Martial law (1949–1966)[edit]

Abu Ghosh village in 1948-1951

During the early years of the State of Israel the village was subjected to repeated searches by the army and anyone who had not registered as resident in November 1948 could be expelled. One case attracted a lot of public criticism. In June 1950, the IDF and police deported 105 men and women believed to be "infiltrators" to Jordan. In an open letter to the Knesset, the inhabitants of Abu Ghosh claimed that the army had "surrounded our village, and taken our women, children and old folk, and thrown them over the border and into the Negev Desert, and many of them died in consequence, when they were shot [trying to make their way back across] the borders."[42] The letter further stated that they woke up to "shouts blaring over the loudspeaker announcing that the village was surrounded and anyone trying to get out would be shot. ... The police and military forces then began to enter the houses and conduct meticulous searches, but no contraband was found. In the end, using force and blows, they gathered up our women, and old folk and children, the sick and the blind and pregnant women. These shouted for help but there was no saviour. And we looked on and were powerless to do anything save beg for mercy. Alas, our pleas were of no avail... They then took the prisoners, who were weeping and screaming, to an unknown place, and we still do not know what befell them."[42]

Knesset member Moshe Erem accused the army of excessive force, a charge that Prime Minister Ben-Gurion denied. He also defended the policy of expulsions. Foreign Minister Moshe Sharett, concerned about international reaction, argued that there should be more searches with fewer people being deported at one time and then only adult males. One of the issues causing concern in this case was that some of those expelled had been resident in Abu Ghosh for over a year. In the wake of public pressure, the vast majority of villagers were allowed to return.[42] In July 1952, MK Beba Idelson objected to the deportation of an Abu Ghosh woman, who was said to have cancer, and her four children. The police minister Bechor-Shalom Sheetrit rejected the claim that the woman had cancer.[43] The village remained under martial law until 1966.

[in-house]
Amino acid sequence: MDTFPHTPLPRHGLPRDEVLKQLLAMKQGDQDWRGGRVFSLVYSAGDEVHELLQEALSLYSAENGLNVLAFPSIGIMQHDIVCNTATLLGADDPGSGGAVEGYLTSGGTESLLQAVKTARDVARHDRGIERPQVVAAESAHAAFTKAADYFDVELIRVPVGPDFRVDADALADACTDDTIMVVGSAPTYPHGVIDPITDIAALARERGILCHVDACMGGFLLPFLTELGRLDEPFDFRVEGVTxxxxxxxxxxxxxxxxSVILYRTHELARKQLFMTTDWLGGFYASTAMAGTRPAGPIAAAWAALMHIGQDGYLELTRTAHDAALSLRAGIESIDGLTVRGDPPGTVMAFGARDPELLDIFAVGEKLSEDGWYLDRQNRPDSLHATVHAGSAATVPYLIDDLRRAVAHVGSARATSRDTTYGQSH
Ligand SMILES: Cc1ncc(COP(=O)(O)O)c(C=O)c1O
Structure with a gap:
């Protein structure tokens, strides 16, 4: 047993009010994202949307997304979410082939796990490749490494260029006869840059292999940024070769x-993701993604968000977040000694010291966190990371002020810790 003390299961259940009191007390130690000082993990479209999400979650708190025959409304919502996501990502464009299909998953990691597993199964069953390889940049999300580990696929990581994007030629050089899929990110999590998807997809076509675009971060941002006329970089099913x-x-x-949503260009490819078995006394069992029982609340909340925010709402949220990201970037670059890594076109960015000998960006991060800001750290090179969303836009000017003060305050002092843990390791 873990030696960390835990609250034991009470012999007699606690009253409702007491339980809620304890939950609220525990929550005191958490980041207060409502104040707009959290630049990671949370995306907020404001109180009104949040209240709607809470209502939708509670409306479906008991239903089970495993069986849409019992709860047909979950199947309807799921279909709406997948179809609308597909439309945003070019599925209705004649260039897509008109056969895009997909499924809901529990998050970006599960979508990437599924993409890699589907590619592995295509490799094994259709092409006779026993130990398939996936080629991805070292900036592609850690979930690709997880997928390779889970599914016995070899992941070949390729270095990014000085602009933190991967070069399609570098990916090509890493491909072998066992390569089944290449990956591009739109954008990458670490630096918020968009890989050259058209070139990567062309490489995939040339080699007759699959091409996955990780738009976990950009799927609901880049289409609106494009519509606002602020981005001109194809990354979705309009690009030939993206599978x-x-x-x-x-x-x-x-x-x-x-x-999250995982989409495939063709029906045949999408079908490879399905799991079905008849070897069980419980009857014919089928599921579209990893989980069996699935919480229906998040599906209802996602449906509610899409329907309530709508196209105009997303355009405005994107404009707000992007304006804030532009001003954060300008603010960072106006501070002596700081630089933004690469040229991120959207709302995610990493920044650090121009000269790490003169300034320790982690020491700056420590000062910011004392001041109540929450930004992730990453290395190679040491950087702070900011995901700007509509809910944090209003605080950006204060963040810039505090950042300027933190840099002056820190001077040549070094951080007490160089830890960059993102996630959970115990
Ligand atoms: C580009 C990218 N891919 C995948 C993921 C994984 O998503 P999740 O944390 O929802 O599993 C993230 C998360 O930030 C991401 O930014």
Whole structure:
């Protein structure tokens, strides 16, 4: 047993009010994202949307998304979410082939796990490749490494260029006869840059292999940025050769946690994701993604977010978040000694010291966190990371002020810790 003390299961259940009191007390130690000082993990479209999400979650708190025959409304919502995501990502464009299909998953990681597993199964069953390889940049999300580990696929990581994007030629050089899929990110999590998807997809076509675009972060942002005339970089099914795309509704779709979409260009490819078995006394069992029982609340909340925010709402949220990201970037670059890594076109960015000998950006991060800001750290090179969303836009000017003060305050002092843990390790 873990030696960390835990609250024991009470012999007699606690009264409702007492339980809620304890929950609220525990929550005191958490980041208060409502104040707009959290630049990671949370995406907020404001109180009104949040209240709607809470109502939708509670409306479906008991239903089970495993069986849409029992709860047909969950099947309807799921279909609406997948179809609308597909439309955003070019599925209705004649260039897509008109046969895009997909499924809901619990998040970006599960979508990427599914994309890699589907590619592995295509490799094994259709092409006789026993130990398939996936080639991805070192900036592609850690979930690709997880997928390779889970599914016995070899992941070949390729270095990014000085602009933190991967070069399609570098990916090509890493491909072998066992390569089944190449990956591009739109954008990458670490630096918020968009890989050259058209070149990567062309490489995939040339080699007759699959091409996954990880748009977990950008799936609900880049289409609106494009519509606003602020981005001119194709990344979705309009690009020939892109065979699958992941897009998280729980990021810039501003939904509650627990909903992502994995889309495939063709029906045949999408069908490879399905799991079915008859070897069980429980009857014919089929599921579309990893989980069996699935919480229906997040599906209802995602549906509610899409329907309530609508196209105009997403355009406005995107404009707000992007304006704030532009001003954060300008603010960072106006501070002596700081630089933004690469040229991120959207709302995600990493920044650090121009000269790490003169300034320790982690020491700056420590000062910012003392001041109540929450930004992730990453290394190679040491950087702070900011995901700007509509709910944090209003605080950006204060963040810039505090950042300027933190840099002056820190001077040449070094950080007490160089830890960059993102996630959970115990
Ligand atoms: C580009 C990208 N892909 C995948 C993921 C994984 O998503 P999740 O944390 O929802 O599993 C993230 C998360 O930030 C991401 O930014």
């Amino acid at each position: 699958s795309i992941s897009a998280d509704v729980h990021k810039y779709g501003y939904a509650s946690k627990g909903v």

21st century[edit]

In 2017, Abu Ghosh was described as a "model of coexistence."[44]


In 2017 an archaeological dig began at Deir el-'Azar, the site of the convent, led by Israel Finkelstein of Tel Aviv University and Christophe Nicolle and Thomas Römer of the College de France.[45] The first season brought to light a huge, 110 by 150 metres stone platform or podium at the top of the hill, with retaining walls 3 m thick, 6 to 7 metres high and perfectly aligned north–south and east–west, which were dated to the first half of the eighth century BCE during the Iron IIB period (900–700 BCE).[6][46] Finkelstein attributed the ancient structure to King Jeroboam II of the northern Kingdom of Israel, seeing in it a sign of its dominance over the southern Kingdom of Judah and its capital, Jerusalem.[47][6][46] He speculated that the platform might have housed an administration compound that included a temple of the Ark, with the aim of enforcing the domination of Israel over Judah.[6]